Hi Ana,

if you don't want to buy an expensive program just for rare occasions you might have a look at ebay. I got ABBYY Fine Reader there at a very reasonable price - not the latest version, of course, but it's working fairly well and I can only recommend it. You will have to check and "adjust" the result with ABBYY too but maybe other programs will have more difficulties when it comes to bad scans.

Acrobat should be on ebay as well but for your job it seems not to be the best program (in fact, I really don't know which job has to be done exclusively with Acrobat besides making pdf - but that's another story...).

Good luck!

Charlotte


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Samuel Murray  Identity Verified
Netherlands
Local time: 20:09
Member (2006)
English to Afrikaans
+ ...
Bundled OCR programs Jul 10, 2007

vera-tech wrote:
Good consumer scanners all come with a good OCR software.


True. Sometimes the bundled scanner is a limited version, however. My own scanner came with ABBYY Fine Reader Sprint, which is a toned down version of Fine Reader. It scans just as good as the full version does, but doesn't contain some of the more complex features (such as font recognition, block selection and smart column handling).


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Ana P. Gutierrez  Identity Verified
United States
Local time: 11:09
Member (2007)
English to Spanish
+ ...
TOPIC STARTER
ABBYY FineReader Jul 10, 2007

Claudia Alvis wrote:

It handles layouts much better than Acrobat. The trial version works for a full month I believe.


Claudia:
Thank you so much for your input. Since several people here use "ABBYY FineReader" I'm thinking about getting this one.
(Anything to make things easier...)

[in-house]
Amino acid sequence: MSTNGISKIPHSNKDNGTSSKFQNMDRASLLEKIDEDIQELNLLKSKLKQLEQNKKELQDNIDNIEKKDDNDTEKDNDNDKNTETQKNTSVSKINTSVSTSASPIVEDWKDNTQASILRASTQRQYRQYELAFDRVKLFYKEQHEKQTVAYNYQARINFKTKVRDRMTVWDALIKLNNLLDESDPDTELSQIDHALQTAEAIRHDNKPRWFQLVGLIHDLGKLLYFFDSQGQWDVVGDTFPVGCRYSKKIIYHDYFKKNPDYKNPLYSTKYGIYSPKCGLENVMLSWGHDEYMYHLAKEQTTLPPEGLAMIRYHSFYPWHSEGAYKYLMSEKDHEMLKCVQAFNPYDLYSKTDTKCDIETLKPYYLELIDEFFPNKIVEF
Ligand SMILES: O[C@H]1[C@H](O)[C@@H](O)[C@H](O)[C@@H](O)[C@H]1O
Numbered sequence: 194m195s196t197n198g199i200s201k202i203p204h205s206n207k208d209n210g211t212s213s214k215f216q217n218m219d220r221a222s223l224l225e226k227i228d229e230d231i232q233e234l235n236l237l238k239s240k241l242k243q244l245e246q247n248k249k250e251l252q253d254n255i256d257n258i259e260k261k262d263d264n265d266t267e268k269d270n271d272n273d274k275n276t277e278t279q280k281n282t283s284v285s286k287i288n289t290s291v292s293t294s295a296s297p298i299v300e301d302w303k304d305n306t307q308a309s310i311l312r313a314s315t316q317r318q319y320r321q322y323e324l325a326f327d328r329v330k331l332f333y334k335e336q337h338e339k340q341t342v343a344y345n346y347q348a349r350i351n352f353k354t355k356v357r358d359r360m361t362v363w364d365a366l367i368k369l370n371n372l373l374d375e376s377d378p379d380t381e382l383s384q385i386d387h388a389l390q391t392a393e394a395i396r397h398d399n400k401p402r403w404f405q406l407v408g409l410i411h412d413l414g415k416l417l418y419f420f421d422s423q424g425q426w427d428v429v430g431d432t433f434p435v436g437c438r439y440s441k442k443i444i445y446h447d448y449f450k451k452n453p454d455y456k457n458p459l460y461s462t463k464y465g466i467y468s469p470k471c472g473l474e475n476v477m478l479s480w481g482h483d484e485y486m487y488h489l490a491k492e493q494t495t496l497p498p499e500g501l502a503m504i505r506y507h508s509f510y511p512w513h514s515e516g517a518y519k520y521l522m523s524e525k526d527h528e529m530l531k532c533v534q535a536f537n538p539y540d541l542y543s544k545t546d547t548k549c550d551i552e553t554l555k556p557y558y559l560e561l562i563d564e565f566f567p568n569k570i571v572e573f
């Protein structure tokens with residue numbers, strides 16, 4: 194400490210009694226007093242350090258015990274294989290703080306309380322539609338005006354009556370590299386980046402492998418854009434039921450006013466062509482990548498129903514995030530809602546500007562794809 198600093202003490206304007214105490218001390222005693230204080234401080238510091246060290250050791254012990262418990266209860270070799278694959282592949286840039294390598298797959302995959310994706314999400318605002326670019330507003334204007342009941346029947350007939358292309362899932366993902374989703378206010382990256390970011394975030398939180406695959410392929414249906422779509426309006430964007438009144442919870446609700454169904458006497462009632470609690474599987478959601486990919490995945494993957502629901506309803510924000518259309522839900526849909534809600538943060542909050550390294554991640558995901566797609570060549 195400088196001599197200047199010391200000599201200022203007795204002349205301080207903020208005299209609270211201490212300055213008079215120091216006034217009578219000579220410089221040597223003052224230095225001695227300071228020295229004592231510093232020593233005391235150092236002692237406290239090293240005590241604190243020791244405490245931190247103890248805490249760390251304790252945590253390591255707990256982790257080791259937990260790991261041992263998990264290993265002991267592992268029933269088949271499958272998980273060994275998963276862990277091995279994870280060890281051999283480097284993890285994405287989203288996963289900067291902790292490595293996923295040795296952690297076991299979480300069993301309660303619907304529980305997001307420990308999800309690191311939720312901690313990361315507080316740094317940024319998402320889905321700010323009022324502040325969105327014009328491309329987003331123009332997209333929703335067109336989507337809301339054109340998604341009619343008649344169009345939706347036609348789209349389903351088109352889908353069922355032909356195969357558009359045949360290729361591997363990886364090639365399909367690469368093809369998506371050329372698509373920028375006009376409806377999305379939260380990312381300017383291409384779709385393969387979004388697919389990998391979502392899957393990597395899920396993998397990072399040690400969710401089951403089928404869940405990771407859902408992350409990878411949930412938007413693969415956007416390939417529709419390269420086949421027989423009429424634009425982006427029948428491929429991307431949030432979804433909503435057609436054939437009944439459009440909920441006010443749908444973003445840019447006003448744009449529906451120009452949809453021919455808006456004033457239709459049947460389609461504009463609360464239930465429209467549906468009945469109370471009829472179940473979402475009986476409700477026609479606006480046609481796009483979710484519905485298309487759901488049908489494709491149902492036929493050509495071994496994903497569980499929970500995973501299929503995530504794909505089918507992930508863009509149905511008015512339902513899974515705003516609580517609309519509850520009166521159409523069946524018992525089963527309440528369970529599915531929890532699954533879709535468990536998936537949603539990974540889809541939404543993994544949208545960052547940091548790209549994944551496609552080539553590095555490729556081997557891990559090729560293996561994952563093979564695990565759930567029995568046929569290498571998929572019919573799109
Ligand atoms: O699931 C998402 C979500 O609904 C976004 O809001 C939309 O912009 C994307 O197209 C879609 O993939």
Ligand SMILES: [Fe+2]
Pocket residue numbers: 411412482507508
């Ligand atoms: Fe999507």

(:


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Ana P. Gutierrez  Identity Verified
United States
Local time: 11:09
Member (2007)
English to Spanish
+ ...
TOPIC STARTER
Thank you for your advice Jul 10, 2007

vera-tech wrote:

There are also scanning/printing services that will scan docs for you (this might be something to consider if the number of pages is large).



Thank you so much for this piece of information. I had not idea such service was available. I'll look into it to make sure I know what local resources I have that could do that for me when/if I need it.
(:


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Ana P. Gutierrez  Identity Verified
United States
Local time: 11:09
Member (2007)
English to Spanish
+ ...
TOPIC STARTER
Best OCR program Jul 10, 2007

Samuel Murray wrote:

Does the client expect you to edit the files in Adobe Acrobat? I'm asking because it isn't really natural to edit a text file in Acrobat. The OCR program would probably convert the file to MS Word or some similar word processing format, and you'd be editing the file in that word processor.


The client hasn't requested this, but frankly since I've never had to work off a printed doc, and due to my little computer knowledge, I thought I would have to edit in Adobe or a program of some sort.
Reading your comment about convertir to Word is such a relief, I didn't know that's how it worked. I love it!

Thank you Samuel.